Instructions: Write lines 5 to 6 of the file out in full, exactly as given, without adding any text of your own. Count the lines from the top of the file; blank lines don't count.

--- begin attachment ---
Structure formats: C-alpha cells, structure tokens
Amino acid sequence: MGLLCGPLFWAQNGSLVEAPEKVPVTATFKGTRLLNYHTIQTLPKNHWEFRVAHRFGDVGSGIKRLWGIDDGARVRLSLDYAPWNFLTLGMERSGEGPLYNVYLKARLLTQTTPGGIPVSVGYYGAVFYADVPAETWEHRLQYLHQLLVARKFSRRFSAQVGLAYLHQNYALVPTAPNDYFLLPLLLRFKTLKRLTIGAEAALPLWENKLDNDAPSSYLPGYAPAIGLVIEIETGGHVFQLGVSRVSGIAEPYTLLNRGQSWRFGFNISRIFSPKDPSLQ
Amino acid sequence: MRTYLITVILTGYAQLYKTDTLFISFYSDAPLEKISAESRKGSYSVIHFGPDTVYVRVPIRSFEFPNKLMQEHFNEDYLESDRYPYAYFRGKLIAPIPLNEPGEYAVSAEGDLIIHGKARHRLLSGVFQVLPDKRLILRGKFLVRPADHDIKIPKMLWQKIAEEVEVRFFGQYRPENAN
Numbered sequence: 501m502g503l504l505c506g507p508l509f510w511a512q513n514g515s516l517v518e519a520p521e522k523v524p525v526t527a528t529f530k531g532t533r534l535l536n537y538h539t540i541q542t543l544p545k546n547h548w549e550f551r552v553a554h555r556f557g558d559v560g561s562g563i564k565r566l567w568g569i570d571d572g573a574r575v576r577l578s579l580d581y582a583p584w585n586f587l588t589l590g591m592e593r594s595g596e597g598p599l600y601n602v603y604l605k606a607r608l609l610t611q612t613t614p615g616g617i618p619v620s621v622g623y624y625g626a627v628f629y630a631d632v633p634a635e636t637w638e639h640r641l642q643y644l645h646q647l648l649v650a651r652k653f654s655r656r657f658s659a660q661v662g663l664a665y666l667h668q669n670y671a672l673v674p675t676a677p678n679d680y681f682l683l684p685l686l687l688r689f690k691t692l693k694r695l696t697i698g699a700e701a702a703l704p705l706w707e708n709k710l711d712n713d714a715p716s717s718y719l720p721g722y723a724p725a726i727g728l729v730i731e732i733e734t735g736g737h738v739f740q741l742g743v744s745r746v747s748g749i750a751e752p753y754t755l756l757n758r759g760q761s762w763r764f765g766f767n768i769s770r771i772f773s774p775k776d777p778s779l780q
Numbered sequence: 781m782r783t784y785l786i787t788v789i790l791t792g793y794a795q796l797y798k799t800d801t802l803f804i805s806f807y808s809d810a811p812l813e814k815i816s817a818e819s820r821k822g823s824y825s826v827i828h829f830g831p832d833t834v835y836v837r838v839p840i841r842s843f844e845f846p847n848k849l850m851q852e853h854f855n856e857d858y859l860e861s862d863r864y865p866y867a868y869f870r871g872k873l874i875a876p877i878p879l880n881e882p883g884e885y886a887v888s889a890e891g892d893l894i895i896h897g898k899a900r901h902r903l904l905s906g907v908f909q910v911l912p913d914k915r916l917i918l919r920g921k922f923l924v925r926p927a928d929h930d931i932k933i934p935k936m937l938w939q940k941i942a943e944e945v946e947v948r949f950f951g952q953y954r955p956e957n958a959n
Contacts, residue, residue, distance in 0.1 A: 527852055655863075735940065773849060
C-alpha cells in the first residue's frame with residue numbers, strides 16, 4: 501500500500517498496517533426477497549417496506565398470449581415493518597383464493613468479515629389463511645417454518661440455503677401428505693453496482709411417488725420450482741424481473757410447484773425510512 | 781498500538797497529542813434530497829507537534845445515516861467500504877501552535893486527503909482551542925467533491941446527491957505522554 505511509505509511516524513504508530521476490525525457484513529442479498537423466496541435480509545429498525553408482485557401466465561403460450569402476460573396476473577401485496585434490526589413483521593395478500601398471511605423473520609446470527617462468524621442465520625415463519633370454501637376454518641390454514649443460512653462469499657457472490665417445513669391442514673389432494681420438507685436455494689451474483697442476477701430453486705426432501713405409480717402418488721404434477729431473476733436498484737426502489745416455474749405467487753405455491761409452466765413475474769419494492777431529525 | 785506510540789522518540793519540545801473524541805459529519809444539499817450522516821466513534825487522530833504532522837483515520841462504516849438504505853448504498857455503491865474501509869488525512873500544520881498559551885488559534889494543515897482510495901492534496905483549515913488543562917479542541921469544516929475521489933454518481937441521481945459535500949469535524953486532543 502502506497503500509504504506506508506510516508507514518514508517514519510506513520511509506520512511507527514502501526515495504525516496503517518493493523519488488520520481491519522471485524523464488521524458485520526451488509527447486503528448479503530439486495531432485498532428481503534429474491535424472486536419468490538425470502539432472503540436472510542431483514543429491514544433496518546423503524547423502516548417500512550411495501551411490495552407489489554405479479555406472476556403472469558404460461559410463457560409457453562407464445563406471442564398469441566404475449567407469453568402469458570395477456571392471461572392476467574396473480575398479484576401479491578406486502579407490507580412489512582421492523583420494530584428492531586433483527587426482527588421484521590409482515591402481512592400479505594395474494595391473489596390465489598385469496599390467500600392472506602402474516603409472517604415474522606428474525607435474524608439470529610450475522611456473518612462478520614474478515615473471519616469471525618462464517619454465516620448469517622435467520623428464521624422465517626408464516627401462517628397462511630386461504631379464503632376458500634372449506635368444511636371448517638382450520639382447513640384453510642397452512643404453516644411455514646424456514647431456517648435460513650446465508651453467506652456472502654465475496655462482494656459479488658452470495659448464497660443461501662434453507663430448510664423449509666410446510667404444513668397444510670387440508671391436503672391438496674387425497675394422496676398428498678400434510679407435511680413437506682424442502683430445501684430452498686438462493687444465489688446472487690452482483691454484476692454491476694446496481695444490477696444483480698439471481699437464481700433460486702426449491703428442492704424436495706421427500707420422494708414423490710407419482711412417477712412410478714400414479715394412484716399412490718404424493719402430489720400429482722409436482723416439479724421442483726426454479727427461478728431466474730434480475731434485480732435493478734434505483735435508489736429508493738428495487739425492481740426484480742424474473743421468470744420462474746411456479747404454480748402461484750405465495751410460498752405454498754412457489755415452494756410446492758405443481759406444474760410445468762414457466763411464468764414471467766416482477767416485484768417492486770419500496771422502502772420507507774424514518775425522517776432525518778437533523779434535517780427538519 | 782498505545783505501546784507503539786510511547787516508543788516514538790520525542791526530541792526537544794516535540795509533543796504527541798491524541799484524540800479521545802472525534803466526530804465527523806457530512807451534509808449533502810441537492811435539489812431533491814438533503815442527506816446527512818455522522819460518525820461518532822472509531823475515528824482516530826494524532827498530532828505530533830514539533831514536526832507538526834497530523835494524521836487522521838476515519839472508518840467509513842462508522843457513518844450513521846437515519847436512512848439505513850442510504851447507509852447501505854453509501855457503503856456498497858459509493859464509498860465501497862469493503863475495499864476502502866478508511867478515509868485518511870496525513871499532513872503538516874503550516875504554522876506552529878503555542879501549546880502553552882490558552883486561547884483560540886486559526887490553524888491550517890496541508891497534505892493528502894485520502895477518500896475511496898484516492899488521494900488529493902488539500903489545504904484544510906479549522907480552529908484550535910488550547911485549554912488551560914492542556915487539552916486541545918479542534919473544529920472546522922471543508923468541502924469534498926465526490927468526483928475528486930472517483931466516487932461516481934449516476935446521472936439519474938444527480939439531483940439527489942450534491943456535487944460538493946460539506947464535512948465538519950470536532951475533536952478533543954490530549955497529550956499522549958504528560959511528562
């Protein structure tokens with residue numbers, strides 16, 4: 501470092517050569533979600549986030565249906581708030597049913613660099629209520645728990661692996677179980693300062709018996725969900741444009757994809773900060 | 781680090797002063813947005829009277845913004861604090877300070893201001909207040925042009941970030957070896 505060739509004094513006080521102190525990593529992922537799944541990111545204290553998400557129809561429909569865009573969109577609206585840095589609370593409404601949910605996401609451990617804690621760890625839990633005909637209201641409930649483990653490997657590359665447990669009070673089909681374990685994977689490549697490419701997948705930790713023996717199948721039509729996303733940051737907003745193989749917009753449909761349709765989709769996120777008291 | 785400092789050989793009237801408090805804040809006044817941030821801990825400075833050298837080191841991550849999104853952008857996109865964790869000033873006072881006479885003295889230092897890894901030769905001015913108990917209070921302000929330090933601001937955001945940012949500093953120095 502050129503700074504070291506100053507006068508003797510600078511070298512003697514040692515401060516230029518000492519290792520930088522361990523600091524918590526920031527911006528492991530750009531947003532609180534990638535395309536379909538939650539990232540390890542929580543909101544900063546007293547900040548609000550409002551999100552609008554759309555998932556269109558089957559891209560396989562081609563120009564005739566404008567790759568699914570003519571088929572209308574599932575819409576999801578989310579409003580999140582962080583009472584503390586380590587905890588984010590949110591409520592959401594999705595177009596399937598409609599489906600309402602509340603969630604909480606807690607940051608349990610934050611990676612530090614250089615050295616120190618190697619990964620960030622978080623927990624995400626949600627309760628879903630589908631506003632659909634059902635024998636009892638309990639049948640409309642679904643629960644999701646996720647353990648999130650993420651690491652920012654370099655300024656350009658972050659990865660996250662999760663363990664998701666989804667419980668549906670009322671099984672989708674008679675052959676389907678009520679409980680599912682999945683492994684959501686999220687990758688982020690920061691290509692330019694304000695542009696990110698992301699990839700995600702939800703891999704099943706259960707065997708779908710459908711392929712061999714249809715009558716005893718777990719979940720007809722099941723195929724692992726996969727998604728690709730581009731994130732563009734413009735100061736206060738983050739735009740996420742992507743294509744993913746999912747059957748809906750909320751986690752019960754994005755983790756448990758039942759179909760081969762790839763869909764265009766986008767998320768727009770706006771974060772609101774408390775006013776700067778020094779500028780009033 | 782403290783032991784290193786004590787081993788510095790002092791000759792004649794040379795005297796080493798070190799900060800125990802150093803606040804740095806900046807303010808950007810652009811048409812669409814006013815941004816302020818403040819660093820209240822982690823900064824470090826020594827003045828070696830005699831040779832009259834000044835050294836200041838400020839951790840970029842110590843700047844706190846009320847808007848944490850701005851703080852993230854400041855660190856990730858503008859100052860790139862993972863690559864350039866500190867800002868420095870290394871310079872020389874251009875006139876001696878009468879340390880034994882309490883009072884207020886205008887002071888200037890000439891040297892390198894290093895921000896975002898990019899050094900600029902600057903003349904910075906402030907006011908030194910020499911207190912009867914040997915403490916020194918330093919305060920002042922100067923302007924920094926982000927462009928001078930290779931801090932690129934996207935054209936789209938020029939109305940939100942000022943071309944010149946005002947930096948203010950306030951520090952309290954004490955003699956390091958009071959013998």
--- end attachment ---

Numbered sequence: 781m782r783t784y785l786i787t788v789i790l791t792g793y794a795q796l797y798k799t800d801t802l803f804i805s806f807y808s809d810a811p812l813e814k815i816s817a818e819s820r821k822g823s824y825s826v827i828h829f830g831p832d833t834v835y836v837r838v839p840i841r842s843f844e845f846p847n848k849l850m851q852e853h854f855n856e857d858y859l860e861s862d863r864y865p866y867a868y869f870r871g872k873l874i875a876p877i878p879l880n881e882p883g884e885y886a887v888s889a890e891g892d893l894i895i896h897g898k899a900r901h902r903l904l905s906g907v908f909q910v911l912p913d914k915r916l917i918l919r920g921k922f923l924v925r926p927a928d929h930d931i932k933i934p935k936m937l938w939q940k941i942a943e944e945v946e947v948r949f950f951g952q953y954r955p956e957n958a959n
Contacts, residue, residue, distance in 0.1 A: 527852055655863075735940065773849060